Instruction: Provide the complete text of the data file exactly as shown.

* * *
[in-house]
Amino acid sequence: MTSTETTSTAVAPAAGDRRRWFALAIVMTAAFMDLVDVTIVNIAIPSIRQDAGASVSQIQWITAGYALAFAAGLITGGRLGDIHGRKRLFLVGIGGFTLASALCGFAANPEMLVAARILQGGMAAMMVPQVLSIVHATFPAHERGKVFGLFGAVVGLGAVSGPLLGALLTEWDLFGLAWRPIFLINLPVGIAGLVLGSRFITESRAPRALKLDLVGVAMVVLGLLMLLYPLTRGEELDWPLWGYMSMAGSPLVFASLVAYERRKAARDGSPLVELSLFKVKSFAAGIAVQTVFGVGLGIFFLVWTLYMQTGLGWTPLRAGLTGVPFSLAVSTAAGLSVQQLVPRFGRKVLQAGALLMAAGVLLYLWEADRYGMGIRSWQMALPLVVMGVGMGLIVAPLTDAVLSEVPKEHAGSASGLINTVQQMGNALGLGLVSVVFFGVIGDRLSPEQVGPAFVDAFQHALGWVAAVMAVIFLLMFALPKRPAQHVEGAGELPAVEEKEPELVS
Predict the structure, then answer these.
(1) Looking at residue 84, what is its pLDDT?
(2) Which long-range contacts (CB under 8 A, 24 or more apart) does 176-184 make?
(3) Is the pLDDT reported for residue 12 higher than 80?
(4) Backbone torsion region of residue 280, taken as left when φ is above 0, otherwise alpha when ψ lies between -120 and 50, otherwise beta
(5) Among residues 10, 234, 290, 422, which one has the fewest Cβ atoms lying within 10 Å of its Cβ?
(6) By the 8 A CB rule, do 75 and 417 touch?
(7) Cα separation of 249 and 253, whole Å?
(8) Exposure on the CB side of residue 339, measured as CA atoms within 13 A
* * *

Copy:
[in-house]
Amino acid sequence: MTSTETTSTAVAPAAGDRRRWFALAIVMTAAFMDLVDVTIVNIAIPSIRQDAGASVSQIQWITAGYALAFAAGLITGGRLGDIHGRKRLFLVGIGGFTLASALCGFAANPEMLVAARILQGGMAAMMVPQVLSIVHATFPAHERGKVFGLFGAVVGLGAVSGPLLGALLTEWDLFGLAWRPIFLINLPVGIAGLVLGSRFITESRAPRALKLDLVGVAMVVLGLLMLLYPLTRGEELDWPLWGYMSMAGSPLVFASLVAYERRKAARDGSPLVELSLFKVKSFAAGIAVQTVFGVGLGIFFLVWTLYMQTGLGWTPLRAGLTGVPFSLAVSTAAGLSVQQLVPRFGRKVLQAGALLMAAGVLLYLWEADRYGMGIRSWQMALPLVVMGVGMGLIVAPLTDAVLSEVPKEHAGSASGLINTVQQMGNALGLGLVSVVFFGVIGDRLSPEQVGPAFVDAFQHALGWVAAVMAVIFLLMFALPKRPAQHVEGAGELPAVEEKEPELVS
Predict the structure, then answer these.
(1) Looking at residue 84, what is its pLDDT?
(2) Which long-range contacts (CB under 8 A, 24 or more apart) does 176-184 make?
(3) Is the pLDDT reported for residue 12 higher than 80?
(4) Backbone torsion region of residue 280, taken as left when φ is above 0, otherwise alpha when ψ lies between -120 and 50, otherwise beta
(5) Among residues 10, 234, 290, 422, which one has the fewest Cβ atoms lying within 10 Å of its Cβ?
(6) By the 8 A CB rule, do 75 and 417 touch?
(7) Cα separation of 249 and 253, whole Å?
(8) Exposure on the CB side of residue 339, measured as CA atoms within 13 A